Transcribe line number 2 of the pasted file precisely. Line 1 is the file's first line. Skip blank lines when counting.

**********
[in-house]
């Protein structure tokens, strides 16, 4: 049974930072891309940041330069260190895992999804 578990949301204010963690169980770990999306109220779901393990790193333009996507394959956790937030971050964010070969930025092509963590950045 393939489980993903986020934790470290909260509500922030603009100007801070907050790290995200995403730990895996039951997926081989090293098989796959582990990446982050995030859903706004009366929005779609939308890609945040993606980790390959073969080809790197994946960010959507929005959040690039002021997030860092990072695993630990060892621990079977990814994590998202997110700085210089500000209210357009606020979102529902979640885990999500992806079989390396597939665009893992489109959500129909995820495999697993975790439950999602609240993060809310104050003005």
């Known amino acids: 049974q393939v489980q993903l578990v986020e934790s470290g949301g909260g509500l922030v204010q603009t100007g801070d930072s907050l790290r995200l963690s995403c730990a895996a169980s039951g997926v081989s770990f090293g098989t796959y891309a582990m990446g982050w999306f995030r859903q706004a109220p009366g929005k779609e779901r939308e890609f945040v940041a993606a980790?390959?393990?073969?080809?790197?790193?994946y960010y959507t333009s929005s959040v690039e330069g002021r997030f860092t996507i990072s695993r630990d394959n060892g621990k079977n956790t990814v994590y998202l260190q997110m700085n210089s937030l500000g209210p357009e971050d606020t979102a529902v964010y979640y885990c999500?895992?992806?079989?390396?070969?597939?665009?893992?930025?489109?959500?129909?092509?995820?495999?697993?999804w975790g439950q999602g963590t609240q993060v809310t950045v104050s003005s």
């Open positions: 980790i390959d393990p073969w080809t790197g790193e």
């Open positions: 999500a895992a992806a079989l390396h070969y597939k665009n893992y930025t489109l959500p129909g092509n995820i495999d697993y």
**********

């Protein structure tokens, strides 16, 4: 049974930072891309940041330069260190895992999804 578990949301204010963690169980770990999306109220779901393990790193333009996507394959956790937030971050964010070969930025092509963590950045 393939489980993903986020934790470290909260509500922030603009100007801070907050790290995200995403730990895996039951997926081989090293098989796959582990990446982050995030859903706004009366929005779609939308890609945040993606980790390959073969080809790197994946960010959507929005959040690039002021997030860092990072695993630990060892621990079977990814994590998202997110700085210089500000209210357009606020979102529902979640885990999500992806079989390396597939665009893992489109959500129909995820495999697993975790439950999602609240993060809310104050003005």